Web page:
One frequent question among home loan borrowers is, "Can I refinance my home loan with bad credit?" The short answer is – of course, you can, but it may be difficult. For the long explanation on how to refinance a home mortgage when your credit scores are not that good, continue reading below.

What is refinancing? 

Refinancing a home loan is the process of switching an ongoing home loan from one lender to another. The new lender pays off the outstanding loan balances to the original lender. The borrower then continues repaying the loan as EMIs to the new lender. 

Refinancing can help you reduce the interest rate of your home loan, which, in turn, translates to substantial savings over the long run. Switching your mortgage to a lower interest rate not just lowers your EMI payments, but can help you finish off the loan within a shorter term. This means you pay less in the long run.

Another benefit of refinancing is that you can switch from a fixed-rate home loan to a floating-rate loan. Thereby taking advantage of the prevailing low-interest rates in the market.

What is the credit score cut-off to qualify for a home loan refinance? 

Generally, there are no strict cut-offs to qualify for refinancing a mortgage. However, lenders prefer borrowers with higher credit scores (620+) as it reduces the risk component of the loan. But, even if your credit score is less than this mark, you can still apply for a refinance, as several other additional factors come into play. The other factors that lenders consider besides the credit score include – income levels, debt-to-income ratio, employment stability, age of the borrower, other loans, etc.

Qualifying Criteria for a Home Loan Refinance 

Just like when you apply for a new mortgage (home loan), you need to pass specific criteria before you can qualify for a home loan refinance. One crucial factor that decides your eligibility is – your credit score. The credit score determines your creditworthiness, and lenders use it to determine your approval.

The higher your credit score, the better are the chances of approval. Besides approving your request, the credit score also plays a crucial factor in determining the interest rate of the refinance. The better the score, the better are the chances of getting a good interest rate.

How can I refinance with a poor credit score? 

Just like qualifying for a home loan refinance with poor credit is not impossible, but a tad bit difficult. Here are a few measures that help you qualify for a mortgage refinance despite a poor credit score.

  1. Demonstrate that your income can support EMI payments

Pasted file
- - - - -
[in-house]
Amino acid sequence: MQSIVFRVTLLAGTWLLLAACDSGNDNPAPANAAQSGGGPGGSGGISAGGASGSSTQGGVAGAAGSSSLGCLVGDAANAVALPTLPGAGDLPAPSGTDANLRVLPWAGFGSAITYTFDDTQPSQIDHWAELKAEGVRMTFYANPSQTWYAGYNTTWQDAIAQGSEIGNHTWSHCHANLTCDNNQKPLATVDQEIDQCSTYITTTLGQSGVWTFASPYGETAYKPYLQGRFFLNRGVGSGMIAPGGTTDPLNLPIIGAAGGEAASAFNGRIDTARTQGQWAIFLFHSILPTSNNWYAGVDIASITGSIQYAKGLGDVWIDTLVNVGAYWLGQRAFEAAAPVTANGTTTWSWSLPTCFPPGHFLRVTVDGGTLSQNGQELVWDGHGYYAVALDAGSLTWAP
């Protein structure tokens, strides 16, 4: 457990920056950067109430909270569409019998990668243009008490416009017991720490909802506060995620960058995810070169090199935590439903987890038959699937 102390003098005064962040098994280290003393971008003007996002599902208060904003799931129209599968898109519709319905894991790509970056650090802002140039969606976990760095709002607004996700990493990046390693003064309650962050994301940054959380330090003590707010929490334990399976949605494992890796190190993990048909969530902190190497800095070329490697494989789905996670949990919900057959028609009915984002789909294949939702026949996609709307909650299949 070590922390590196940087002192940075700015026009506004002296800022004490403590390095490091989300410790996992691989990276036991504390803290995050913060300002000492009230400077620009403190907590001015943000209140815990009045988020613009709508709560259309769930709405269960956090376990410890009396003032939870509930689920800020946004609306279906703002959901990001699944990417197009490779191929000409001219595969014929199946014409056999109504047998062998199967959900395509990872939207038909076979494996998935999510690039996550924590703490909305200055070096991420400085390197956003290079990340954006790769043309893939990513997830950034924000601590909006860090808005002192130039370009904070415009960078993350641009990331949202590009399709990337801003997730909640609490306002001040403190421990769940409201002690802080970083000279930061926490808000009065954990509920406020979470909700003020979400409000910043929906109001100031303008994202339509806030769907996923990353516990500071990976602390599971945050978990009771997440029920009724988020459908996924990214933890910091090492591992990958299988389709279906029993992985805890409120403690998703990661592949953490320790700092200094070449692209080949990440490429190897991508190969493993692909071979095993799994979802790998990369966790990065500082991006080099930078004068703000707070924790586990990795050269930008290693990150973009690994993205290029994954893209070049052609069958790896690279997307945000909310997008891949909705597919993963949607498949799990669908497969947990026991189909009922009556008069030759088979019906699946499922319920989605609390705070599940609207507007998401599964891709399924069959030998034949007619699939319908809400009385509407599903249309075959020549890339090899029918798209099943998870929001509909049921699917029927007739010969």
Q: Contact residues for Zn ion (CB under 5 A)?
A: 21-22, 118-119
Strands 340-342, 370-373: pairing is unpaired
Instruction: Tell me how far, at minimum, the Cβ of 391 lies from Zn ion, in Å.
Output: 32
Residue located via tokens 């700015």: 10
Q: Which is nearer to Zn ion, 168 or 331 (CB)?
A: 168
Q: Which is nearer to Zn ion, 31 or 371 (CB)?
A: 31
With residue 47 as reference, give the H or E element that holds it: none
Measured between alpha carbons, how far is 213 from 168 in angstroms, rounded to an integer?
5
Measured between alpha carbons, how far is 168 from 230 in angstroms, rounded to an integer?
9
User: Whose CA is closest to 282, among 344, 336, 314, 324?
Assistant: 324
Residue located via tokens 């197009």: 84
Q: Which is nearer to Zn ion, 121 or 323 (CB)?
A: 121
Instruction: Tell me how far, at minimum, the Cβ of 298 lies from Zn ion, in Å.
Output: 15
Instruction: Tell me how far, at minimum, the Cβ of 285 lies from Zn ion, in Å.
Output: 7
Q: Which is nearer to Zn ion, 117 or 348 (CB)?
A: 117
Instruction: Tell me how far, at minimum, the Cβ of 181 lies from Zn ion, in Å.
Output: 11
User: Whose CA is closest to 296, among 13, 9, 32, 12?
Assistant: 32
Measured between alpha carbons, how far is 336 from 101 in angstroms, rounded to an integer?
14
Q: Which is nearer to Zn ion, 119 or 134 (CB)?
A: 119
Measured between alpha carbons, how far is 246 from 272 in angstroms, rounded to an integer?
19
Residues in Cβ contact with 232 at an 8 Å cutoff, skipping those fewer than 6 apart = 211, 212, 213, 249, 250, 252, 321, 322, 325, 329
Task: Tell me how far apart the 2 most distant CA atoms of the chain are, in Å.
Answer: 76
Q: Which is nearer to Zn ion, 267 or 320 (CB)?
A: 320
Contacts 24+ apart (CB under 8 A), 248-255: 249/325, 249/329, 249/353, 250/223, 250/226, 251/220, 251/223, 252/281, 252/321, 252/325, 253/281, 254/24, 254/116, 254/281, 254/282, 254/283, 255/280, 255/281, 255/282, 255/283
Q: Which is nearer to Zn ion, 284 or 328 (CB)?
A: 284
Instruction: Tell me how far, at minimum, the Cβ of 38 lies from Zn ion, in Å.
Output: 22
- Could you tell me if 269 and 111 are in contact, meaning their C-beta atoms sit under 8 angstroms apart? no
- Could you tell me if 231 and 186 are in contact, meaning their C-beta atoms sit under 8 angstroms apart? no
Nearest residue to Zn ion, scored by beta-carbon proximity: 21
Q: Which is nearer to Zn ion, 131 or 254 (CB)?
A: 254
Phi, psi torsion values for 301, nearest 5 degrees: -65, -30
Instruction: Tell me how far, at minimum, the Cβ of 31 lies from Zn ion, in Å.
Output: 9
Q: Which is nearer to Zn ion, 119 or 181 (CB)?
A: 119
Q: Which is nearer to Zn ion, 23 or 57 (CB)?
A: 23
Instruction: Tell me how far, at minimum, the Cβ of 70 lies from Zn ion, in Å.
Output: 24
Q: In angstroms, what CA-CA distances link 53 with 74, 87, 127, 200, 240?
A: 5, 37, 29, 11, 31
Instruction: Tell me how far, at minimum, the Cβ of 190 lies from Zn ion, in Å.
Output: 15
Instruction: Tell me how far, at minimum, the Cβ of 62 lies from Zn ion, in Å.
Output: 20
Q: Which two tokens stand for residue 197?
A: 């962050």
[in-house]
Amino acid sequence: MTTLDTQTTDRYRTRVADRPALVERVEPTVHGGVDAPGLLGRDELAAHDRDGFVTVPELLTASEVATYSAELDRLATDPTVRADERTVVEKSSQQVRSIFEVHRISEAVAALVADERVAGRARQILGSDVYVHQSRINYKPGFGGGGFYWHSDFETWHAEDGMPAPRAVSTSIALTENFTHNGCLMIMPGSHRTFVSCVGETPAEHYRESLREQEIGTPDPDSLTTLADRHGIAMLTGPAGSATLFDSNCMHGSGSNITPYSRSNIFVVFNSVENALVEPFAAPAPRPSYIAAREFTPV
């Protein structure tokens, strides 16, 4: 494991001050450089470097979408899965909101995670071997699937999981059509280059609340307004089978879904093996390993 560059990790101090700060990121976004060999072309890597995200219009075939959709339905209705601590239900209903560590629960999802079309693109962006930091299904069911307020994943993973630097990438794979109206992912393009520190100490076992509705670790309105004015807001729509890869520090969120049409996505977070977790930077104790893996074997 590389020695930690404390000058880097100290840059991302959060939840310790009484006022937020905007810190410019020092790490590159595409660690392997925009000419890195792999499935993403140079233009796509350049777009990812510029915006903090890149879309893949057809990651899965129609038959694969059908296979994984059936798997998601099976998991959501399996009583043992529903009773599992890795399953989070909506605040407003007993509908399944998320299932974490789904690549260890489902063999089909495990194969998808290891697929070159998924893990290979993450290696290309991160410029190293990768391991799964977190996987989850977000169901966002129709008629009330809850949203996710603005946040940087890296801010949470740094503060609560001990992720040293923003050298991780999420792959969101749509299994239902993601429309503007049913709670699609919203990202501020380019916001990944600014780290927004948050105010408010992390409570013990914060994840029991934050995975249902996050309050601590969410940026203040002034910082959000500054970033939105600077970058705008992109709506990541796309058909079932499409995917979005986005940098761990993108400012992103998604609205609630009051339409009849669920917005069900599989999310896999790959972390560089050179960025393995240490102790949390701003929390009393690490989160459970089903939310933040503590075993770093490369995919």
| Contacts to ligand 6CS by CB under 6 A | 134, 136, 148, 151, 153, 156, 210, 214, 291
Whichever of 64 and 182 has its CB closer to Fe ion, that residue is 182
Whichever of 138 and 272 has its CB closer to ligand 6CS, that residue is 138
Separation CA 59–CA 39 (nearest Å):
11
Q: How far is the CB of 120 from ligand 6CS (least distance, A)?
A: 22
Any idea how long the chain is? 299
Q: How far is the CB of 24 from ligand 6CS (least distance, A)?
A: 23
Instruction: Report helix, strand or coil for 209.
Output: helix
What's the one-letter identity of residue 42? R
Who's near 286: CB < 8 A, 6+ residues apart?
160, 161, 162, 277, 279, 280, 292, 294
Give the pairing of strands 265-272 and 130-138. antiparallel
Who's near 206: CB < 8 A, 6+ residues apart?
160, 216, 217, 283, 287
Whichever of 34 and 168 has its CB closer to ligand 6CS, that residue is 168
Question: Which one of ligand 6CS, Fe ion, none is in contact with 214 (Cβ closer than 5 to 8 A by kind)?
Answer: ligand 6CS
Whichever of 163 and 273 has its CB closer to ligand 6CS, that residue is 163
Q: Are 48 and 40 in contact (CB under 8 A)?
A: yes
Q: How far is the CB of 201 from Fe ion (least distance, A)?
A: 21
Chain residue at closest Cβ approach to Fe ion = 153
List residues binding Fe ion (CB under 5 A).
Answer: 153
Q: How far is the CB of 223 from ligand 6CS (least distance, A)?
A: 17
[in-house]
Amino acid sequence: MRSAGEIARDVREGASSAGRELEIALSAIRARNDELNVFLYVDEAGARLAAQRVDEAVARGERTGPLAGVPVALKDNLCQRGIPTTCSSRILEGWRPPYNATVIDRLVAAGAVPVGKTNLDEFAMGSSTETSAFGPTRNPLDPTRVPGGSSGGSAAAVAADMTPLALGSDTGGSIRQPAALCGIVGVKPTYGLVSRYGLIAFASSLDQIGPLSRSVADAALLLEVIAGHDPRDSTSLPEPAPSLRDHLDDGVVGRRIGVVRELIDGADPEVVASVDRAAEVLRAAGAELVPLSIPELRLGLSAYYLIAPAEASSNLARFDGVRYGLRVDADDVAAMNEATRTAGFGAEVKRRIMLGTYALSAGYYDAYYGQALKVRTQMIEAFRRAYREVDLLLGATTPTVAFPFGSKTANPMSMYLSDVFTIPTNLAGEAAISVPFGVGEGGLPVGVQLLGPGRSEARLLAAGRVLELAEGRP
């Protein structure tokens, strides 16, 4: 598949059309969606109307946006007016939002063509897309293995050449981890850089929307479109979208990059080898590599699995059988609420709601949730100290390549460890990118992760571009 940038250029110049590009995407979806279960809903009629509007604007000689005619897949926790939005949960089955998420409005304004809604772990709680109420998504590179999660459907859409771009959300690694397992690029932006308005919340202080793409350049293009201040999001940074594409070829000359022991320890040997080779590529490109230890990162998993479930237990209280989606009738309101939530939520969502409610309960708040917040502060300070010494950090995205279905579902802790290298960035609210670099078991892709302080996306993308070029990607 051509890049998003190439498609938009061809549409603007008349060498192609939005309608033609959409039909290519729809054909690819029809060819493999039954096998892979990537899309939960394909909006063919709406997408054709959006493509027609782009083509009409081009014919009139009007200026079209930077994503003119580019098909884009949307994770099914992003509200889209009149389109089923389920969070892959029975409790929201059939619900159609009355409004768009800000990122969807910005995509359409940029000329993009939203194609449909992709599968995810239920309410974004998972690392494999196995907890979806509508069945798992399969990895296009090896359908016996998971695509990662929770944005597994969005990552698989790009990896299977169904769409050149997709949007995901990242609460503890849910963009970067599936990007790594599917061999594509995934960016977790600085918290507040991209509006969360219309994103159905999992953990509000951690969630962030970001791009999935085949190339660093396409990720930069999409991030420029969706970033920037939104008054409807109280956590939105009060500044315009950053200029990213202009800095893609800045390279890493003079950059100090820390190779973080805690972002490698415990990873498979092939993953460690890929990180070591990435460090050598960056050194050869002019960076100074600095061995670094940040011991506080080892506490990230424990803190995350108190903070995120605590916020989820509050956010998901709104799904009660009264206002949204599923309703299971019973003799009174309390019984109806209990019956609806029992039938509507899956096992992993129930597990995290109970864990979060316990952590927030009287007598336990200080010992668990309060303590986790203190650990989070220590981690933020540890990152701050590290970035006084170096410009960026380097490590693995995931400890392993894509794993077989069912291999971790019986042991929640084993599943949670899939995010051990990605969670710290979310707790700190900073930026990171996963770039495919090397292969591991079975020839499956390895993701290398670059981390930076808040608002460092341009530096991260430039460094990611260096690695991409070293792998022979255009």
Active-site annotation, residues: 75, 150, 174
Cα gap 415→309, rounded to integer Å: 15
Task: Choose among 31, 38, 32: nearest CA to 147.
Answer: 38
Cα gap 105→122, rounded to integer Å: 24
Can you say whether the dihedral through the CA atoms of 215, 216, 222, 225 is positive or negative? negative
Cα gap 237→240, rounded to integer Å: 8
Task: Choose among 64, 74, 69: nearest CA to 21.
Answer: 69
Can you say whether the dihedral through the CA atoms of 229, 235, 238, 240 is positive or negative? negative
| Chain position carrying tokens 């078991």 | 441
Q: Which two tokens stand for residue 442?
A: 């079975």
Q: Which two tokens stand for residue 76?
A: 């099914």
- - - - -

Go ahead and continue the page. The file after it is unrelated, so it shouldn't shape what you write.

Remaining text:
One reason why lenders are reluctant to take on borrowers with poor credit scores is that they are worried about their ability to repay. You can alleviate this fear of the lender by proving that you have a stable income that can support all future EMI payments. Additionally, if you have recently received an increment at work or have an additional source of income, the lender may look at your application more favourably.

If you can prove to the lender that you have a steady job with a stable income, your request for refinancing is likely to be granted. However, note that you may still have to pay a higher interest rate compared to borrowers with higher credit scores.

  1. Volunteer to pay a downpayment 

Home loans are big-ticket items and pose more significant risks for the lender. From the lender's point of view, taking on borrowers with poor credit score means they run a higher chance of defaulting on payments. Hence, the reluctance of the lender.

You can assuage this fear by volunteering to pay a large down payment. This reduces the overall size of the loan. As a result, the lender may feel comfortable sanctioning your request for refinancing.

  1. Take on a co-applicant 

In case your credit score is low to qualify, you can opt for refinancing along with a guarantor or co-applicant. This works great, especially for spouses with an uneven credit score. For instance, if your wife has a good credit score, then adding her as a co-applicant is likely to get your refinance sanction approved. This also helps you enjoy better interest rates.

  1. Check for any mistakes or gaps in your credit report 

While this possibility is less, there are chances that your credit report may contain errors. Request for your latest credit report and check it against your financial records. See if any updates have been missed out. Mistakes on your credit report can lead to a drop in credit scores for no fault of yours. 

The best part you can always request for your credit report for free. So, you must monitor your credit score regularly to weed out any errors.

  1. Approach housing finance companies and NBFCs

When compared with banks, housing finance companies and NBFCs have lenient eligibility criteria. These lenders don't just look at your credit score but consider your entire credit history to decide your eligibility. As a result, you may be able to qualify for a home loan refinance, even when your credit scores are low. However, the interest rates offered by non-bank lenders are usually higher compared to traditional commercial banks. 

These measures can help you avail a home loan refinance despite having a poor credit score. However, ensure that you make repayments on time, to avoid further drops of your credit score. 


Work on Improving your Credit Score and Finances

If none of the above options work for you, then it’s time to take a step back and evaluate your overall finances before you refinance. Take the time to understand why your credit score is poor and work on it. Take tangible steps to improve your credit score. Boost your DTI (debt-to-income ratio), pay off outstanding debts like credit card balances, personal loans, etc. 

Improving your credit score before you apply for a refinance will always help you land better interest rates and more savings.